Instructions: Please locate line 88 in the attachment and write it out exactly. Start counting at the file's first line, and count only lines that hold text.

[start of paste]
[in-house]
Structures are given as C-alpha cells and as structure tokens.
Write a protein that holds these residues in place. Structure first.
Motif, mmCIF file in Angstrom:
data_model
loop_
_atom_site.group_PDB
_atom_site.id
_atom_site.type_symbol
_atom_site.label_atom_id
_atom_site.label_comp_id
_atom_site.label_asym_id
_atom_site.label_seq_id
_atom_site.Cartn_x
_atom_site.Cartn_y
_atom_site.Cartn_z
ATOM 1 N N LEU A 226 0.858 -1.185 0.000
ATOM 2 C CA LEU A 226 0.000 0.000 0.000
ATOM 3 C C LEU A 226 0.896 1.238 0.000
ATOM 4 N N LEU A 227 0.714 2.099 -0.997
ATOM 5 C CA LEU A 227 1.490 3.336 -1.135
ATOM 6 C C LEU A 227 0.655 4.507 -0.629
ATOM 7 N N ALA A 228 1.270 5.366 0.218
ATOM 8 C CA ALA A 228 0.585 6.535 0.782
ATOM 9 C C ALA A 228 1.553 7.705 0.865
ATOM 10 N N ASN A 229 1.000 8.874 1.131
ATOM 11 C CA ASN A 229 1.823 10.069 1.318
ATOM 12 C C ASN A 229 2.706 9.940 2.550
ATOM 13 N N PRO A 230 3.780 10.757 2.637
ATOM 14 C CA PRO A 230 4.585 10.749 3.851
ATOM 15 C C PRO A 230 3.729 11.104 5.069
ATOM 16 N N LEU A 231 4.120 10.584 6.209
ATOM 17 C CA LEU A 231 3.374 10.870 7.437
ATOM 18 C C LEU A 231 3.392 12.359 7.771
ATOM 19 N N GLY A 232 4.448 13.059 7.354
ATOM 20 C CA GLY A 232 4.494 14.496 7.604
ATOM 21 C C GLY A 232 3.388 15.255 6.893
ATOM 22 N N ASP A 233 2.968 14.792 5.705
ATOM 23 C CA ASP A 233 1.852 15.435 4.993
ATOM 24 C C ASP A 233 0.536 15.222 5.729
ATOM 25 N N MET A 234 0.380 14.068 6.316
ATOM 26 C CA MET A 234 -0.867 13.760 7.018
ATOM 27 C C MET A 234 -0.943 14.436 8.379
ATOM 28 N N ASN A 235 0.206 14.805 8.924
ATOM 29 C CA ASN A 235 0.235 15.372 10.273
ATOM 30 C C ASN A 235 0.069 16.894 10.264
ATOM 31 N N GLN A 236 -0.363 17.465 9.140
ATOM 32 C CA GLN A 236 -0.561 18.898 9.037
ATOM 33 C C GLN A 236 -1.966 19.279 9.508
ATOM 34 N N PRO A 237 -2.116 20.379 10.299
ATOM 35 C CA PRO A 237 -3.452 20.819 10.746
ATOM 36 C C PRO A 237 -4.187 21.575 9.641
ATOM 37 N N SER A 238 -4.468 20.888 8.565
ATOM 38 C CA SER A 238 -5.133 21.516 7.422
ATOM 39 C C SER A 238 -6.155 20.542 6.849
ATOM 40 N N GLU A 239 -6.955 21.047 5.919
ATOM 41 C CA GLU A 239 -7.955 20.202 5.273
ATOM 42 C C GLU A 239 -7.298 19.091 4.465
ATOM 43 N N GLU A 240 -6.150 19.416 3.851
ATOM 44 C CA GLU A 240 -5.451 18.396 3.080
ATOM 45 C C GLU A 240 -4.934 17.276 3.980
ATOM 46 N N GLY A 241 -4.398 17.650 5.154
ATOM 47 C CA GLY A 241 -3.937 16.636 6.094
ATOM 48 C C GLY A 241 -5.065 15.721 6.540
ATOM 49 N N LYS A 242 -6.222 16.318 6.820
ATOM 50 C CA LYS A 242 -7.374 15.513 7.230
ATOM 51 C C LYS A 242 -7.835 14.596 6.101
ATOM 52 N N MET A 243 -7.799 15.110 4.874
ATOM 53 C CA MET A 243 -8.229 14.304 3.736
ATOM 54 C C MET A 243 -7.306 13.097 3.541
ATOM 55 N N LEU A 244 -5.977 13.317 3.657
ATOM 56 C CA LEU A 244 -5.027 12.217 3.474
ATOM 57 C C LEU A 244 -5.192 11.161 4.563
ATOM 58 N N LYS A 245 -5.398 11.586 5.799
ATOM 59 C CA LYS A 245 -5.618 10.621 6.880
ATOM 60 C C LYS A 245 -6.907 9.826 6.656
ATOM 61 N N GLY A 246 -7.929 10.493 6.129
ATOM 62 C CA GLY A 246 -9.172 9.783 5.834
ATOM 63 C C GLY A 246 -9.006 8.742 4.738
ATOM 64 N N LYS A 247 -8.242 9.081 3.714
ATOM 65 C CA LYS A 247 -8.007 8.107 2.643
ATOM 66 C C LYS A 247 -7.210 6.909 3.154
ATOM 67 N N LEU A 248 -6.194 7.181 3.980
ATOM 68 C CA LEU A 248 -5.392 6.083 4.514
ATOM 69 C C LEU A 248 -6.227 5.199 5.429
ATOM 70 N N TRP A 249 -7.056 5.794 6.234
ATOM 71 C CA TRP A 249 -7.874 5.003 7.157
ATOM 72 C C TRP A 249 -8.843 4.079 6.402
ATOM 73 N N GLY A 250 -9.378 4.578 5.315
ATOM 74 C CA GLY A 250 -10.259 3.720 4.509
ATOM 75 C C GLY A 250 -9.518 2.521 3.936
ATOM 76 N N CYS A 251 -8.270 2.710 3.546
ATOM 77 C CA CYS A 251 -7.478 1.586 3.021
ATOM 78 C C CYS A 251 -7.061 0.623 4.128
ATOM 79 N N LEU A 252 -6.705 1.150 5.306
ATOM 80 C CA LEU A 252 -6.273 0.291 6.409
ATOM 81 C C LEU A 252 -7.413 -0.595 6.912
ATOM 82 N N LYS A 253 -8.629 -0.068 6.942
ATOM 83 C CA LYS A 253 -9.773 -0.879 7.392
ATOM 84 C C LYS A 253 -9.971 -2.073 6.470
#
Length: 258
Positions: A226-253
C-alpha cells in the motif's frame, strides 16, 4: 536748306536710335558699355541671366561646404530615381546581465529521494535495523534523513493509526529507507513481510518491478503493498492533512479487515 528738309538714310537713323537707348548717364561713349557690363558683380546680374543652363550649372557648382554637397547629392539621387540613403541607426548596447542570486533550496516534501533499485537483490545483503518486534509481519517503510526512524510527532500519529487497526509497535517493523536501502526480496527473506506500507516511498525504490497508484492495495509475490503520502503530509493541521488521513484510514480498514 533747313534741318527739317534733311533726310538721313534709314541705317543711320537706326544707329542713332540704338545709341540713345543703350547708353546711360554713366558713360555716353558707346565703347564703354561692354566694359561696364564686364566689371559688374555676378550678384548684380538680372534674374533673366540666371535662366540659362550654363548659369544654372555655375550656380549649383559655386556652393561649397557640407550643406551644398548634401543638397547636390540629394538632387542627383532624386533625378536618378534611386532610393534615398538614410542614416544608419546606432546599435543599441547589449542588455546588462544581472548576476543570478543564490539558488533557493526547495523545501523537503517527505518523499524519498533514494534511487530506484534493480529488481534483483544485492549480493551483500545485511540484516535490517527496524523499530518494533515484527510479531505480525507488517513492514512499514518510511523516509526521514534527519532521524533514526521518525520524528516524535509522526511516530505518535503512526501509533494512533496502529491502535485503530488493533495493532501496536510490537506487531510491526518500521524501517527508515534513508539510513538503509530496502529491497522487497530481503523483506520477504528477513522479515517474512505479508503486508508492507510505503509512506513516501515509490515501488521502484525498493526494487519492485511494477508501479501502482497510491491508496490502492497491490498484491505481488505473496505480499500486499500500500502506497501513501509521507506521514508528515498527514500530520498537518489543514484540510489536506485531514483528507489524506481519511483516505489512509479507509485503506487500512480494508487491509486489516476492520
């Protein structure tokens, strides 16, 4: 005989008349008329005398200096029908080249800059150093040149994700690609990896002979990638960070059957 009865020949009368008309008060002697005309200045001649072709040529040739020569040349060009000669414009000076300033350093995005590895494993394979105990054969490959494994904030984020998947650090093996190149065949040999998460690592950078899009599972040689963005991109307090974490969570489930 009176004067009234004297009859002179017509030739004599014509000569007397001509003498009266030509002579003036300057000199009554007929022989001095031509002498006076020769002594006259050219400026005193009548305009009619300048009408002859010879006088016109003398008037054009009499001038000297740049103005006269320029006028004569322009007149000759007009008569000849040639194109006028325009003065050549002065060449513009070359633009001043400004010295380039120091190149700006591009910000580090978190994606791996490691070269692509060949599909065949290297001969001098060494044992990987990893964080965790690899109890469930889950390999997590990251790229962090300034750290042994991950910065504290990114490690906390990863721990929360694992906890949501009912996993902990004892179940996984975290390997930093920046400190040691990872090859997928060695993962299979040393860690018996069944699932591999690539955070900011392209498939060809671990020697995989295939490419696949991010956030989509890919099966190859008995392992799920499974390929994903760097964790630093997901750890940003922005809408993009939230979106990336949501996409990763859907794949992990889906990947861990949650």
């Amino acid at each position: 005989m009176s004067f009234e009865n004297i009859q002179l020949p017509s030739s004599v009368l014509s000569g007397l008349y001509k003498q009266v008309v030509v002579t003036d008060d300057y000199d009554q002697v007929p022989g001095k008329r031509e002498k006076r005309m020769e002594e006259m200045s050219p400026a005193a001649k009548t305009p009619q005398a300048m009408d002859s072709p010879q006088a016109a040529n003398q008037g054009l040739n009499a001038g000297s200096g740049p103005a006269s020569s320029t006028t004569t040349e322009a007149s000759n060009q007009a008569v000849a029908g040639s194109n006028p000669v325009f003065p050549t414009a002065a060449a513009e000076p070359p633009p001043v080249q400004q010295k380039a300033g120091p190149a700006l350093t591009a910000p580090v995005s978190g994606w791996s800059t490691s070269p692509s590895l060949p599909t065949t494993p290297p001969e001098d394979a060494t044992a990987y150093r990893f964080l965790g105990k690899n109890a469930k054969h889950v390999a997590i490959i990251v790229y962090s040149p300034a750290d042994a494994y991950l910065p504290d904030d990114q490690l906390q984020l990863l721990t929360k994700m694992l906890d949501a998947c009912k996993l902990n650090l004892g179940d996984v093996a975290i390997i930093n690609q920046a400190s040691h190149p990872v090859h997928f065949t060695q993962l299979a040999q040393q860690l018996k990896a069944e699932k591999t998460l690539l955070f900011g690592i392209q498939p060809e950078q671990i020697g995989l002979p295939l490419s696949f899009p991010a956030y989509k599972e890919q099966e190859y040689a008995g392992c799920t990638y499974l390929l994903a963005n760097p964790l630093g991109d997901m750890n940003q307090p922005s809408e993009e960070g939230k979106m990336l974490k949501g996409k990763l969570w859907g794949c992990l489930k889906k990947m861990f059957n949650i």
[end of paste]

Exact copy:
ATOM 72 C C TRP A 249 -8.843 4.079 6.402